NEW YORK (CBSNewYork) — Batman and the Joker are usually on opposite sides of the law. On Wednesday, they made no exception.

The two voiced opposing views at a City Council hearing on a new proposal to regulate costumed characters in Times Square, which would require they be licensed and pass background checks, CBS2’s Diane Macedo reported.

“If you don’t have anything to hide, come on,” said Jose Martinez, who dresses up as Batman.

“This straight up seems like fascism to me,” said Keith Albahe, aka the Joker.

The bill, introduced by City Councilman Andy King, D-Bronx, follows the arrests of several characters over the past several months. In September, a woman dressed as Elmo was arrested on an aggressive panhandling charge. Days before, two men, one dressed as Batman and another dressed as Spider-Man, were arrested after a brawl with another man, police said.

Other recent incidents include a Spider-Man allegedly punching a cop, an Elmo being arrested for allegedly harassing people and yelling anti-Semitic slurs and a “Toy Story” Woody allegedly groping women.

Tim Tompkins, president of the Times Square Alliance, said too often characters, seeking tips for posing for photos with tourists, get away with harassing and ganging up on people because of the anonymity their costumes provide.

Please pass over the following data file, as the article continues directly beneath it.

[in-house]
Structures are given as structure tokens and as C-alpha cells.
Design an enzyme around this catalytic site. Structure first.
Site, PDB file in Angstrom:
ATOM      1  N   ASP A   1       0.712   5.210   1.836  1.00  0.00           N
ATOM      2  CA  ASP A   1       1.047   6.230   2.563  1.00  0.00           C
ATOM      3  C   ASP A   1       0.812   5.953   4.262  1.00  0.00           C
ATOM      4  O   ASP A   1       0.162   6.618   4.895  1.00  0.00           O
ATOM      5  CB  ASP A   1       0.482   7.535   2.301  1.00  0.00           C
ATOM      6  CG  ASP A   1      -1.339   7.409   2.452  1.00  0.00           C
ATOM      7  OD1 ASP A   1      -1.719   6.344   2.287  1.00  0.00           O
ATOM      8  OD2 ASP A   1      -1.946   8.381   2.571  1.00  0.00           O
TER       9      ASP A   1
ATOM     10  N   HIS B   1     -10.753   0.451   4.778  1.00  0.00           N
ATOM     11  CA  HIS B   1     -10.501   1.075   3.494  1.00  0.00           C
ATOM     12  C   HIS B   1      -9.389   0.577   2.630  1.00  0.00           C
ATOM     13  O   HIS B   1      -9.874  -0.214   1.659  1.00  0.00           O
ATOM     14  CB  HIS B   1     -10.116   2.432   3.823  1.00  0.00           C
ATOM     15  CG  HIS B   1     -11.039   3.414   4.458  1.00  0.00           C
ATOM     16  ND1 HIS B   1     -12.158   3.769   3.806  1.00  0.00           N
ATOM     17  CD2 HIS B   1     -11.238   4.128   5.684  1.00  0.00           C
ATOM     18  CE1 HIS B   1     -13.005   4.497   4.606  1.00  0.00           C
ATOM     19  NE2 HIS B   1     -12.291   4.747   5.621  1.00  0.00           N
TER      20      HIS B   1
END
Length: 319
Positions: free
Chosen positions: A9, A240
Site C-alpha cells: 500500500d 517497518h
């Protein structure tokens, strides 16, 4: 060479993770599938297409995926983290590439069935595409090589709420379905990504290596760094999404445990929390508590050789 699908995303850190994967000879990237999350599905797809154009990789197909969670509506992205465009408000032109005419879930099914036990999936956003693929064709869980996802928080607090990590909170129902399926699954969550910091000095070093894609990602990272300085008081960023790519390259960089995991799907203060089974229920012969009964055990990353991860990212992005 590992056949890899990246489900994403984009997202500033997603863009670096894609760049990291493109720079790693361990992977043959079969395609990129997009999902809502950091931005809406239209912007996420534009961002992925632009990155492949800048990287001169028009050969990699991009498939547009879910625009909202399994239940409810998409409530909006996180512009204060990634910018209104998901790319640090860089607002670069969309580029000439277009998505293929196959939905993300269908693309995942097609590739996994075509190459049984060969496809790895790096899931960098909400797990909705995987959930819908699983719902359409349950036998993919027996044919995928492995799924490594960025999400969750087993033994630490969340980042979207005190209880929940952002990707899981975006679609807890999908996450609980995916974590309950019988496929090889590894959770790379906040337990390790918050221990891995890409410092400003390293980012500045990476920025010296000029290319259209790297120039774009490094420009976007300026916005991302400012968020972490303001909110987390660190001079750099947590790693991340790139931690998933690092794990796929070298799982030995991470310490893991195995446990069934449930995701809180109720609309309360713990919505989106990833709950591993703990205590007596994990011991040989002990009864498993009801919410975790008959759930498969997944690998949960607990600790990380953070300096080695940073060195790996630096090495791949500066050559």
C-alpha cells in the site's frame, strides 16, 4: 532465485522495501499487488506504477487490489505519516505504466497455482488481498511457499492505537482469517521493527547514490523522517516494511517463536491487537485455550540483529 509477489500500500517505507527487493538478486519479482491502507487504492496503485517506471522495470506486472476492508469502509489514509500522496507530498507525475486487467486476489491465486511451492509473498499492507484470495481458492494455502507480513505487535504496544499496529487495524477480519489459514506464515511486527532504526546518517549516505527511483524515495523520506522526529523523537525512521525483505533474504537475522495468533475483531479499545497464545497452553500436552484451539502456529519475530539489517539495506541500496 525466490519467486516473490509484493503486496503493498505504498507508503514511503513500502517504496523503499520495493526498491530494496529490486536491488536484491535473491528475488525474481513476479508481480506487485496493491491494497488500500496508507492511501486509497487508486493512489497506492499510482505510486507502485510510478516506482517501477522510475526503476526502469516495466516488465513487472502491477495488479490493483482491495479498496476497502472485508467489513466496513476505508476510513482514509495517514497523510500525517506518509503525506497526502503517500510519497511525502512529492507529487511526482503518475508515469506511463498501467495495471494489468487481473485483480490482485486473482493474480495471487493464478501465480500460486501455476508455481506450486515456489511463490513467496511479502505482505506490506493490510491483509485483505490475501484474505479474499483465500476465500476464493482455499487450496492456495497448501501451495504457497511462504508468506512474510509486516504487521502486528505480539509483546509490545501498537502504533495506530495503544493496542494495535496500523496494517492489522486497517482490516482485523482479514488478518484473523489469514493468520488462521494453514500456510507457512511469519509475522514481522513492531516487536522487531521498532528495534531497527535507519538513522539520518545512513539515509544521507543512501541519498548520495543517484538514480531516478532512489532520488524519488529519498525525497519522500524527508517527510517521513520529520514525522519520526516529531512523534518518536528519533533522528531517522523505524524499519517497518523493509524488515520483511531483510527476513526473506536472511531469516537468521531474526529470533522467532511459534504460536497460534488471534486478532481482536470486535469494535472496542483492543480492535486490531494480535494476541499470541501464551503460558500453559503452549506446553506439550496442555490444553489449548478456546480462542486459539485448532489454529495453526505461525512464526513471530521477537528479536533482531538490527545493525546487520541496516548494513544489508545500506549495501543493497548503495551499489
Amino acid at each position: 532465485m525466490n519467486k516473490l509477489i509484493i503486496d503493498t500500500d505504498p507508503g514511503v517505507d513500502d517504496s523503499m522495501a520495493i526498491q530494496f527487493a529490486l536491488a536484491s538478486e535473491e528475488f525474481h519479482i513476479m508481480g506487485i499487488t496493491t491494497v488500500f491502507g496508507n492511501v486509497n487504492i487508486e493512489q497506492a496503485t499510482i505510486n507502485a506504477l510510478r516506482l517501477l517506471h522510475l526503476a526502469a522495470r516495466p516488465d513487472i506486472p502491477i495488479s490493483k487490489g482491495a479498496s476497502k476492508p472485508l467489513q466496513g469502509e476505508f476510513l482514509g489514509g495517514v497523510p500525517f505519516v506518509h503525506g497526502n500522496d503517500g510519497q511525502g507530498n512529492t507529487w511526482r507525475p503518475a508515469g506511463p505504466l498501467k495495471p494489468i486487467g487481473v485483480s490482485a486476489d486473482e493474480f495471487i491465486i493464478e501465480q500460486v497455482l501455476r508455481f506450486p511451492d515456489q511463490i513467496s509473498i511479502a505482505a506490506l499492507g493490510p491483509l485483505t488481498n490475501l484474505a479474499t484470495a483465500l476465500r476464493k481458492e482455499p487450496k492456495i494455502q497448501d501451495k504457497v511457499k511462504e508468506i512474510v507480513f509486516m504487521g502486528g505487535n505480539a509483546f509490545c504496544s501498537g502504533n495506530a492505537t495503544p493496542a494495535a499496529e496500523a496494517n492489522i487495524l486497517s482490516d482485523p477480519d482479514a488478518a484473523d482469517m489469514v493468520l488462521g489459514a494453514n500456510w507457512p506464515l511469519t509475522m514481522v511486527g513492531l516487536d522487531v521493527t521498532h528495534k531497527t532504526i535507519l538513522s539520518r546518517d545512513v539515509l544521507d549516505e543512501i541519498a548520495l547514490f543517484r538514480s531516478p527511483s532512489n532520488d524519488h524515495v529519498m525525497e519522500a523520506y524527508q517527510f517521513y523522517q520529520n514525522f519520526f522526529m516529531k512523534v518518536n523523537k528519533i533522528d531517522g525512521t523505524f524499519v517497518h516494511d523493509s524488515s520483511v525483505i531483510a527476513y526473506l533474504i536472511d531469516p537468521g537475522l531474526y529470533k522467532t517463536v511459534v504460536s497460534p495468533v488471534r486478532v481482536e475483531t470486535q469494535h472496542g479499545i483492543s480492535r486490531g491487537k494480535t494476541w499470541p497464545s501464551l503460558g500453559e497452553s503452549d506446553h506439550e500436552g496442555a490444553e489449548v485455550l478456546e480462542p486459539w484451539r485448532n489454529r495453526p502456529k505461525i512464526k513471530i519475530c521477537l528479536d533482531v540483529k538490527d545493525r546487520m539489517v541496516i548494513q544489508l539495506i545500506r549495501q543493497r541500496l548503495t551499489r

“Quirky is fine, but creepy is not,” Tompkins said, 1010 WINS’ Carol D’Auria reported. “We have repeated evidence of people being touched inappropriately, intimidated.”

The bill, Tompkins said, would create “a first filter to weed out people that have recent, violent or predatory criminal records.”

Albahe said he thinks the proposed law would violate his First Amendment rights.

“If somebody comes up to me, I should be able to, if they’re waving a camera in my face, request a tip,” he said.

He also took exception with the idea of being required to wear an ID tag.

“It will ruin the costume,” Albahe said.

Some voiced concerns over the $175 price tag for the license and other barriers.

“The expense could be brought down a little since we are there working for tips,” said Times Square Robin Elizabeth Holland.

One thing all the characters disagreed with was the part of the bill that would limit where in Times Square they could operate.

“I want to be free in Times Square. Free,” Martinez said.

Another concern raised was that the information obtained for the licenses could be used to deport undocumented immigrants. The city Department of Consumer Affairs, though, insisted the information would not be used for that purpose.

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